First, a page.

Driver management tools provide Local Authorities with the flexibility they need to run their services effectively – enabling schedules to be adapted during the day as trips are cancelled or booked by passengers.

And these tools also provide vital data that help support some of the other technologies here. For instance, they can feed into passenger information systems, keeping stakeholders informed about expected arrival times or relevant journey updates.

They not only provide significant cost savings, but also improve the lives of both drivers and passengers; as Leeds City Council have discovered. And, of course, they enable organisations to utilise their assets more efficiently.

4. Scheduling tools

As Trapeze’s Mark Lee noted at the recent Trapeze UK Conference, traditional manual scheduling methods used by Local Authority staff are incredibly impressive and require a great deal of skill and expertise. However, when multiple services, assets, departments and organisations are merged together – as in Total Transport – the situation will likely become too complicated to rely on manual processes alone. In the integrated future of Total Transport, therefore automatic software tools are the solution.

Automatic scheduling software helps reduce the risk of manual errors, ensuring pinpoint accuracy of scheduling decisions, while also optimising utilisation of vehicle fleets.

Indeed, the right software solution helps scheduling experts within Local Authorities work more effectively – freeing up their time so they can focus on mission critical scheduling situations.

By integrating a GIS/mapping display into the scheduling solution, this can also help identify transport network overlaps and instances of vehicle duplication; saving organisations significant money.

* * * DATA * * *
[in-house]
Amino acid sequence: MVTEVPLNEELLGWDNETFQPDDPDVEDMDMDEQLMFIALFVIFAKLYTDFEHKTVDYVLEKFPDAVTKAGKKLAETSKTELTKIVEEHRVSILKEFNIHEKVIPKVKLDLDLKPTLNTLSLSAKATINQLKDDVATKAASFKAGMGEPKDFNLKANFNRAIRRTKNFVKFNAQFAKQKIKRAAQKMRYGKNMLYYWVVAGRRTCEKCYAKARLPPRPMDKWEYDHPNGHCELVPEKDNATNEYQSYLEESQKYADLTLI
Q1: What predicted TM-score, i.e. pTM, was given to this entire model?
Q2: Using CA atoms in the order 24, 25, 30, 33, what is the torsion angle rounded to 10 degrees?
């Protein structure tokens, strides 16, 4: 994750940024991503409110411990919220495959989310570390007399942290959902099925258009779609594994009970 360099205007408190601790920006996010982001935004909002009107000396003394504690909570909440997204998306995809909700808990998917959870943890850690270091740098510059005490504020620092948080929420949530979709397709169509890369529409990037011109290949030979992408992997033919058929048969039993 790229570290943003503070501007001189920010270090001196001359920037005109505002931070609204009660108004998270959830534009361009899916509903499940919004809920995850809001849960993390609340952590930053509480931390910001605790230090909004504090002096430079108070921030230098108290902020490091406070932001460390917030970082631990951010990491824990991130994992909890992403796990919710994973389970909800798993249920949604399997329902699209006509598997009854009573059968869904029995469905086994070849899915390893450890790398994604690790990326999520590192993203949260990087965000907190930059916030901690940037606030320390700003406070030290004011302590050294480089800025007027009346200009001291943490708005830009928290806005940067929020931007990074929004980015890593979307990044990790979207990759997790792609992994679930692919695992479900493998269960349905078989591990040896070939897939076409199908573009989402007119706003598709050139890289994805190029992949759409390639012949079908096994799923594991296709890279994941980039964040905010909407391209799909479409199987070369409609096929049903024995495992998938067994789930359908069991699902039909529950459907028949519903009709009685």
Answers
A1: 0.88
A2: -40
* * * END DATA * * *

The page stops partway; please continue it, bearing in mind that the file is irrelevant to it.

5. Electronic ticketing

As vehicle fleets are integrated, and the number of trips drivers are tasked with driving each day subsequently increases, electronic ticketing tools can complement Total Transport by streamlining payment processes and validating passengers: making sure that every person who requires transport (be it for schools transport, non-emergency patient transport, adult social care or any other service) is duly picked up.

Again, another real benefit here is through efficiency savings made by reducing the amount of administrative work Local Authority employees are tasked with. But, of course, it also benefits the passenger; as boarding becomes easier, and the entire payment process is made more convenient for them.

6. Brokerage software

Perhaps one outcome of the Total Transport agenda will be the creation of centralised ‘Transport Hubs’, which will coordinate and broker transport services, rather than directly provisioning them. In this model, stakeholders would book via the hub to request transport, and the systems would then allow streamlined coordination with contracted transport providers to fulfil the transport request.

Models such as this already exist in North America within the non-emergency medical transport sector, and as you might expect, in order to run effectively they rely on high-quality software solutions. Systems specifically designed to support a brokerage model – such as Trapeze’s Trip Broker module – would be vital here, as these systems will assist staff in the “Transport Hubs” to coordinate effectively with contracted transport providers; streamlining transport requests and supporting efficient trip allocation processes.

Taking this one stage further, then, allowing transport hubs to interconnect and exchange trips is also a possibility within this model. Trapeze’s Community Connect system facilitates the coordination of trip requests between separate transport services systems and streamlines the flow of information – making it easier to transfer and manage different types of journey booking data.

Conclusion

More than anything, Total Transport points to an integrated future for Local Authority transport; one where organisations that think innovatively and proactively – and invest wisely – will be best placed to take advantage of the opportunities that arise. Technology clearly has a huge role to play here, and we hope this article has helped outline the options available.

We are currently working with Local Authorities throughout the UK to support Total Transport. Are you considering your own Total Transport project? Then get in touch today!

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About The Trapeze Team

The Trapeze Team are here to bring you news and information from Trapeze Group (UK) and the public transportation industry.